The Comic Link auctions have been, perhaps, the primary source for obtaining Canadian wartime comics (WECA comics) over the last half-dozen years. 2017 offered up a comparative glut of these hard-to-find books with just over 180 of them being made available over that 12-month period.

This year, pickings have been slim. Only a dozen had been listed before October. However, the October focused auction dropped 75 WECA books for us to bounce our wallets off–with 15 coveted west coast Maple Leafs among them. This collection is the one bought by Ashley from Sell My Comics who posted a video of its unboxing on youtube this past spring.

Here is the top third of the results according to price achieved:

COMIC GRADE RESULT Census
Better V3N7 4.5 $2,900.00 1
Lucky V5N9 2 $1,900.00 1
Wow 18 6.5 Q $1,450.00 1
Super Citren nn 4 Q $1,410.00 9
Better V2N4 3.5 Q $1,400.00 1
Lucky V5N5 3.5 $1,125.00 1
Lucky V5N4 5 $1,100.00 1
Rocket V2N1 5.5 $975.00 1
Triumph 22 2.5 R $961.00 3
Joke 20 8.5 $915.00 1
Better V2N10 3.5 $905.00 1
Better V4N8 3.5 $900.00 1
Triumph 14 5.5 $861.00 1
Rocket V2N4 3.5 $850.00 1
Super V2N6 4.5 $850.00 1
Commando 2 4 $820.00 1
Better V2N9 6.5 $805.00 1
Better V6N1 3.5 $700.00 1
Lucky V2N4 6 $700.00 1
Active 20 4 $675.00 1
Commando 17 7 $660.00 1
Active 11 6 $550.00 1
Rocket V2N2 0.5 $525.00 1
Commando 16 6 $490.00 1
Grand Slam V2N11 5 $475.00 1

 

Of these 25 books, more than half are Maple Leafs. The highest result was achieved by a Jon Stables Brok Windsor cover and the second, more curiously, by a lower-grade Stables Piltdown Pete cover. Somebody must have wanted this to fill in a hole. I think that both went a little high for their grade, especially the Lucky, but there clearly was competition for these books and that’s the key thing—these books are desirable on their own and coveted by collectors.

The next 3 books produced better than expected returns for Qualified grades. The Penguin cover Wow 18 had had its staple removed and all the wraps were loose. The Citren Super with the reprint of the first Archie story was missing its two centre wraps and this affected the story. The pre-Brok Better Vol. 2 No. 4 has a panel cut out of the 2nd page that affects the story. Despite this, they received almost a grand-and-a-half each and show that even some incomplete Canadian wartime books are highly desirable.

The top ten are rounded out by three more Maple Leafs, a restored Triumph with a Speed Savage Dingle cover, and a higher-grade Joke Comics. All of them hovering around the $1000 level.

But, you know, the most important column in understanding the collecting significance of these wartime Canadian comics may not be the decimal grade or the amount of the final winning bid, but that new column I’ve decided to add—the far-right column with the number of slabbed copies of each comic in the census. Notice that the Citren Super with 9 copies in the Census and the Triumph 22 with 3 are the aberrations while the rest have only single slabbed copies. This continues for the remaining 50 WECA comics in the auction with only 4 of that 50 having 2 copies in the Census–the rest are the only slabbed copies.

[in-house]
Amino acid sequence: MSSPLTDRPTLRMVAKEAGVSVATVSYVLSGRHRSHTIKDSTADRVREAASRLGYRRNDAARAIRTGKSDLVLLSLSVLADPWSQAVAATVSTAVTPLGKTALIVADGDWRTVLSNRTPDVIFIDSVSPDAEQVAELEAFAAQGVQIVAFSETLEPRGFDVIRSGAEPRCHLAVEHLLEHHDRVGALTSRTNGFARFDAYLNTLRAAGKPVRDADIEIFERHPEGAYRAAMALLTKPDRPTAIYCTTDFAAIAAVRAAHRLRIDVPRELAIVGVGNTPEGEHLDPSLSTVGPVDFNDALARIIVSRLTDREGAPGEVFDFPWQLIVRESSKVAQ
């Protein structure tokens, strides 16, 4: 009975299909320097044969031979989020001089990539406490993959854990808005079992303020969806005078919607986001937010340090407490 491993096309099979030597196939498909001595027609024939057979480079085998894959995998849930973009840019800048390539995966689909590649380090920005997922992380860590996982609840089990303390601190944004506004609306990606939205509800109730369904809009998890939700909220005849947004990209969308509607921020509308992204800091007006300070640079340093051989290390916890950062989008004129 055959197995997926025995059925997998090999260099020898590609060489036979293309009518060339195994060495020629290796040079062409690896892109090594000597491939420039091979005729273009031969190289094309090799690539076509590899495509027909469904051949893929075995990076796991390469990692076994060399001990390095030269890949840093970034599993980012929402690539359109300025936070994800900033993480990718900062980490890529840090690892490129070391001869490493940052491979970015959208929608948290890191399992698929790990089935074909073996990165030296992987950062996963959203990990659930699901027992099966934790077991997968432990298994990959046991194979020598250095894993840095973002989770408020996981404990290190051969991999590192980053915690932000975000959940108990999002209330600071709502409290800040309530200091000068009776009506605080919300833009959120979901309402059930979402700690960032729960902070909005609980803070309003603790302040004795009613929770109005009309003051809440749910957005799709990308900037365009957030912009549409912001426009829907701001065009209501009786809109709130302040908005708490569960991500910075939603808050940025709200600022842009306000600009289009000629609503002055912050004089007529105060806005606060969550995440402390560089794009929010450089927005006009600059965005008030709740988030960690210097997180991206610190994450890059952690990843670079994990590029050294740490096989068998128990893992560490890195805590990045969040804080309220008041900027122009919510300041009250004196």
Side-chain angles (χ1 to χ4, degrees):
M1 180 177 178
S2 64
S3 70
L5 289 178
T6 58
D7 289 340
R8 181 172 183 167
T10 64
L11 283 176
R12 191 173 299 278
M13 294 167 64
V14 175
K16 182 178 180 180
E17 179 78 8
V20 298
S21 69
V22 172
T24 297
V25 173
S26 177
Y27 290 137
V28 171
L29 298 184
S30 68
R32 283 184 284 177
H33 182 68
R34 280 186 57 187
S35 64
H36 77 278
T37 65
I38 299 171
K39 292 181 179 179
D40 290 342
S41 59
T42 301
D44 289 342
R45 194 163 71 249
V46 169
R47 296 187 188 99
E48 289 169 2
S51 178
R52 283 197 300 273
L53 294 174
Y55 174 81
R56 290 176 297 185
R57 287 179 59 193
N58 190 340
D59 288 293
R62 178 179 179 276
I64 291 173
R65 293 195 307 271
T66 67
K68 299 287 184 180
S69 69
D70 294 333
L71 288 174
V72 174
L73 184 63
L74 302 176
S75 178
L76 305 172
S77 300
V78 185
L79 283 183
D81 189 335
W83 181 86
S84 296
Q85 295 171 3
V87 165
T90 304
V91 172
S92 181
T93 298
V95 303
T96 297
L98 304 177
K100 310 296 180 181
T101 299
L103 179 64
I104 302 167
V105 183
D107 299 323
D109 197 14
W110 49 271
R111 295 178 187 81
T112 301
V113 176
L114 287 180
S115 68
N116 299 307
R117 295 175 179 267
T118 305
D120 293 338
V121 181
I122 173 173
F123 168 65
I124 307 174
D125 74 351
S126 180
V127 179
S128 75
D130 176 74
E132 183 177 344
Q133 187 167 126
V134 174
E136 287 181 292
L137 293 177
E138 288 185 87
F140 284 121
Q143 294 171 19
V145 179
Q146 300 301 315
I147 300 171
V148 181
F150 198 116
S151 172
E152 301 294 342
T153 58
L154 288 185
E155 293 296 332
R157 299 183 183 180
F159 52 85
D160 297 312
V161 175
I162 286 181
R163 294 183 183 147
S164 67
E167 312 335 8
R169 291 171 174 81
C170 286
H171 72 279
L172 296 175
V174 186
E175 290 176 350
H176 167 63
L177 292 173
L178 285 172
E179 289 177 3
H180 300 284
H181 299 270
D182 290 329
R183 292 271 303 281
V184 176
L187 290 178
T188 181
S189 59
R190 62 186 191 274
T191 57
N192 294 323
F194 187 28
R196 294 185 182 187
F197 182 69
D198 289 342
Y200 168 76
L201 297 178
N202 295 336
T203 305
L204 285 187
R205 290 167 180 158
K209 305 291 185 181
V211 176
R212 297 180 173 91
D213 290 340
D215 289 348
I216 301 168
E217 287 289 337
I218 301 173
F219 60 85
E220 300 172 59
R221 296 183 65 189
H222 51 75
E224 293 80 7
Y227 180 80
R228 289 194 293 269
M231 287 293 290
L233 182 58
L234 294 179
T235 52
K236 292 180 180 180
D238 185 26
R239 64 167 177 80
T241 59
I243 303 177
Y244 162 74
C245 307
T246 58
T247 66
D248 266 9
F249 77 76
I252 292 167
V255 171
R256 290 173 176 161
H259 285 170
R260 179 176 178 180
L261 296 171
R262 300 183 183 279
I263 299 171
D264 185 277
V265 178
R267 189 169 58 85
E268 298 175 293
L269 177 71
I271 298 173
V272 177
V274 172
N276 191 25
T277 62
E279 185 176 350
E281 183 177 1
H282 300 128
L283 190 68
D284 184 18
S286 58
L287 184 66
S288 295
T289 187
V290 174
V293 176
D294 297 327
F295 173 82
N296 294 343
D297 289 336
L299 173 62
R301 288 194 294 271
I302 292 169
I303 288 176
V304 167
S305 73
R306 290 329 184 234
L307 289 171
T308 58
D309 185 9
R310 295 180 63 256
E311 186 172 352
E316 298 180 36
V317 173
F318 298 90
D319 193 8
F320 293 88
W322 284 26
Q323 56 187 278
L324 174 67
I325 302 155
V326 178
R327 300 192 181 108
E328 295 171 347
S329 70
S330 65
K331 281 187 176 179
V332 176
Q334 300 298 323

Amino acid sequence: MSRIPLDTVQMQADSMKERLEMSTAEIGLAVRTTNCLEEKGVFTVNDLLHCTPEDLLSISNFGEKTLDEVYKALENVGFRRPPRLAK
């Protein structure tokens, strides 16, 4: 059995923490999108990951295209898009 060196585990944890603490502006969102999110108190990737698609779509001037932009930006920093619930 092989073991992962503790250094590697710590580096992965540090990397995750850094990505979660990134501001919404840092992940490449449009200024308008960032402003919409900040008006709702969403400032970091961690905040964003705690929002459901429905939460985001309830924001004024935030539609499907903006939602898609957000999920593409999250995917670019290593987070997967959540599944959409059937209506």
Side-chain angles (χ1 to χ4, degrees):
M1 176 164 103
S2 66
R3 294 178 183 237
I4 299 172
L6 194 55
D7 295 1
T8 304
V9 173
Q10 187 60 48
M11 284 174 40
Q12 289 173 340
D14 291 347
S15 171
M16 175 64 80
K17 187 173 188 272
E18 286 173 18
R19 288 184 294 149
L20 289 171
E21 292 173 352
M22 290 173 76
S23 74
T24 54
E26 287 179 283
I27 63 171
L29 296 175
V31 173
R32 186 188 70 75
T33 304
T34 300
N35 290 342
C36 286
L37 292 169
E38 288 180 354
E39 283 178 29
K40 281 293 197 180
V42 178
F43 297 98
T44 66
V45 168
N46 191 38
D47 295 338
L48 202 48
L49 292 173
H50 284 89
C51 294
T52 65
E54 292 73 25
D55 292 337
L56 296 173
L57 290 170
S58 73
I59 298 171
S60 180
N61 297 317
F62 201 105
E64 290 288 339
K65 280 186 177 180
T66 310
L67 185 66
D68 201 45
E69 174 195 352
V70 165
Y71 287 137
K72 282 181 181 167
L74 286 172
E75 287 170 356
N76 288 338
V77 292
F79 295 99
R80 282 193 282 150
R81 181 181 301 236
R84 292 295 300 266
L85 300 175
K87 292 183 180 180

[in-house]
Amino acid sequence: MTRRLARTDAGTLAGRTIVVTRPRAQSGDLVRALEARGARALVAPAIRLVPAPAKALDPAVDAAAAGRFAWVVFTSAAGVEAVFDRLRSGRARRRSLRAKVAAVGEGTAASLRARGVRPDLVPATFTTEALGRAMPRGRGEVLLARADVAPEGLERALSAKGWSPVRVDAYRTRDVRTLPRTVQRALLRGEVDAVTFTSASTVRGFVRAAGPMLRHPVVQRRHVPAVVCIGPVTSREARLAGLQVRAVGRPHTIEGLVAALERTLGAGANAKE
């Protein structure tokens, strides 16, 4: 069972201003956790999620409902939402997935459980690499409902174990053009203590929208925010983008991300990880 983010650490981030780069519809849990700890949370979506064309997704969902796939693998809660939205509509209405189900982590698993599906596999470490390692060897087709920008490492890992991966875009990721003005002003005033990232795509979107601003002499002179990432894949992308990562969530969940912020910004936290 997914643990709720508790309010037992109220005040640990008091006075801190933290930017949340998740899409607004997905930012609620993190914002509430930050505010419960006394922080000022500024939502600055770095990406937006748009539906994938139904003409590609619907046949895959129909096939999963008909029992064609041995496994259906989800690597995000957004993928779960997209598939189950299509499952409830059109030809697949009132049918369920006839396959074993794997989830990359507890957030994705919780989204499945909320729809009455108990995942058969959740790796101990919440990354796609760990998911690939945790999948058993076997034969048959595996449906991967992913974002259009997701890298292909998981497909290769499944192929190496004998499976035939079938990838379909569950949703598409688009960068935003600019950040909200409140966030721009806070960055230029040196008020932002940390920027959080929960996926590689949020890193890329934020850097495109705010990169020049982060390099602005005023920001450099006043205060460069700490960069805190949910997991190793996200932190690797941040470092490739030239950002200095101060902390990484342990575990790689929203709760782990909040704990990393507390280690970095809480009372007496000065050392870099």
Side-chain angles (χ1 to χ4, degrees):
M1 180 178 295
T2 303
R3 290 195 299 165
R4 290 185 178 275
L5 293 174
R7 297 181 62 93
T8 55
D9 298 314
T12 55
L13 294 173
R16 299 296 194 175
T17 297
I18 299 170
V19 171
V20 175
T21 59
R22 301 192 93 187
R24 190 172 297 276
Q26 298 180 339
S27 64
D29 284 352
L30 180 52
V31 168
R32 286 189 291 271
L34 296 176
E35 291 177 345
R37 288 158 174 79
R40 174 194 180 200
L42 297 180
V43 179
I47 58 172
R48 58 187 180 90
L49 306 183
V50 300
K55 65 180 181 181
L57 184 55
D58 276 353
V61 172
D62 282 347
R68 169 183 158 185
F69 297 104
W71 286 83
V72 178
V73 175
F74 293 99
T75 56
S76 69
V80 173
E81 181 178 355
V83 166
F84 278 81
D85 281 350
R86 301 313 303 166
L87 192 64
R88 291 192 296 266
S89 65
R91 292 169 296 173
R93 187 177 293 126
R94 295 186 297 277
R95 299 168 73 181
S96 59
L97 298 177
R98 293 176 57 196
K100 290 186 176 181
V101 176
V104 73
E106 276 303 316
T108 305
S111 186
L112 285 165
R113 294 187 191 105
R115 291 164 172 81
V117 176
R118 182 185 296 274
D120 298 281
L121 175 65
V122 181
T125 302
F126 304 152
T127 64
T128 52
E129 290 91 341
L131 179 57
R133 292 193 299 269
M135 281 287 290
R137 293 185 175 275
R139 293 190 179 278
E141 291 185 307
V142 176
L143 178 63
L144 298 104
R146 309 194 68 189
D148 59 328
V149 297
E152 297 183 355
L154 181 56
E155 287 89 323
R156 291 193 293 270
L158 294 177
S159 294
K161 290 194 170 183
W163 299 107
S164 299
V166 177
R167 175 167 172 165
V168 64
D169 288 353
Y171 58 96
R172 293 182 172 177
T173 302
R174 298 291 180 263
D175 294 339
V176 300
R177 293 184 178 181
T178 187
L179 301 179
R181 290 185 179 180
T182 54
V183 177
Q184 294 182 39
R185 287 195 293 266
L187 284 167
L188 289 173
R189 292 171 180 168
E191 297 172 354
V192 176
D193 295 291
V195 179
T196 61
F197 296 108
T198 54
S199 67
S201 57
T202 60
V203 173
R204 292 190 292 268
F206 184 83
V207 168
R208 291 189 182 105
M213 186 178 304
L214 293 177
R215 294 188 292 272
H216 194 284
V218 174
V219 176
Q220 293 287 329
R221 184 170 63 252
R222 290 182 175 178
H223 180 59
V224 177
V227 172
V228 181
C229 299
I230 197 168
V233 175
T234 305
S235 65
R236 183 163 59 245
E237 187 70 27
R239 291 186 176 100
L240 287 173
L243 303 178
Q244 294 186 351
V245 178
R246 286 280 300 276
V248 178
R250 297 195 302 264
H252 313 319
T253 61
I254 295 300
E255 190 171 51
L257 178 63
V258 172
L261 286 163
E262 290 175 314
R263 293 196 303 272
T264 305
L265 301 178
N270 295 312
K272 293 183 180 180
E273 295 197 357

Let’s compare this with some of the other books in the same auction. The St. John Nightmare 13 at 7.0 with that wonderful Baker merwomen cover sold for $2155. It is a sought after and very hard-to-find book that has 22 copies in the Census. Batman 50 at 7.5 sold for $3100 and has 80 copies in the census. Marvel Mystery 6 at 3.0 sold for $1988 and has 26 copies in the Census. Captain America 47 at 6.5 sold for $1510 has 67 copies in the Census. Finally, one of the most chased books on the planet, Amazing Fantasy 15 at 3.5 sold for $24,255. AF 15 has over 3000 copies in the Census.

Here are the results for the remaining WECA books that were available:

Bing Bang V1N8 4 $461.00 1
Bing Bang V2N8 3 $400.00 1
Can Heroes V4N6 6 $375.00 1
Active 19 3 $325.00 1
Spy Smasher V2N7 5.5 $300.00 1
Grand Slam V2N12 6.5 $291.00 1
Three Aces V2N11 7.5 $290.00 1
Grand Slam V2N9 6 $230.00 1
Three Aces V2N8 7.5 $210.00 1
Three Aces V3N4 7 $209.00 1
Grand Slam V2N6 4 $205.00 1
Whiz V2N3 5 $205.00 1
Whiz V1N9 3.5 $200.00 1
Freelance V2N5 6 $190.00 1
Freelance V2N2 7 $186.00 1
Grand Slam V4N4 5 $185.00 1
Weekender 4 3.5 $176.00 1
Robin Hood V2N3 4 $165.00 1
Robin Hood V2N5 6 $165.00 1
Three Aces V4N2 4.5 $156.00 1
Grand Slam V4N6 6.5 $155.00 1
Whiz/SpySm V4N8 5.5 $154.00 1
Spy Smasher V3N5 3 $153.00 1
Freelance V3N1 7 $150.00 2
Robin Hood V2N11 5 $147.00 1
Robin Hood V2N1 4 $146.00 1
Spy Smasher V2N1 4 $144.00 1
Freelance V2N8 5 $135.00 2
Grand Slam V3N3 3.5 $135.00 1
Whiz V3N7 5.5 $133.00 1
Robin Hood V2N2 5 $121.00 1
Whiz/SpySm V4N7 6 $116.00 1
Joke 8 5Q $115.00 1
Whiz V3N5 4 $115.00 1
Robin Hood V2N4 3.5 $111.00 1
Whiz V2N8 5.5 $111.00 1
Funny Comics 18 6.5 $110.00 1
Whiz V1N10 4 $101.00 1
Whiz V2N12 3.5 $101.00 1
Whiz V3N3 5.5 $88.00 1
Capt. Marvel V2N7 1.8 $80.00 1
Freelance V3N33 6 $80.00 2
Freelance V3N28 4.5 $71.00 1
Robin Hood V2N10 5 $55.00 1
GS/3A 45 6.5 $42.00 1
GS/3A 46 7 $40.00 1
Whiz/SpySm V4N12 3 $38.00 1
Grand Slam 51 2.5 $35.00 1
Grand Slam 52 4 $35.00 2
Capt. Marvel V3N12 0.5 $34.00 1

I think that this Bing Bang #8, with the great spanking cover, may have been the bargain of the lot at  $461.

When it comes to Comic Link auctions of WECA books my financial constraints compel me to become a ‘bottom feeder, essentially a scavenger of Anglos in the $150 range and below and I managed to pick up a half-dozen of them. I think that one characteristic of WECA comic auctions is that there is a small niche group of collectors bidding after them. I know that I and four fellow collectors scored just more than half of these 75 books which makes me think that there were probably less than a dozen collectors that carved up the whole 75. In the comic world, that is a tiny group of chasers after a small, rare and obscure treasure trove of books. Still, just a half-dozen years ago, you could have picked up most of the books on the list for $150 or lower, many of them much, much lower.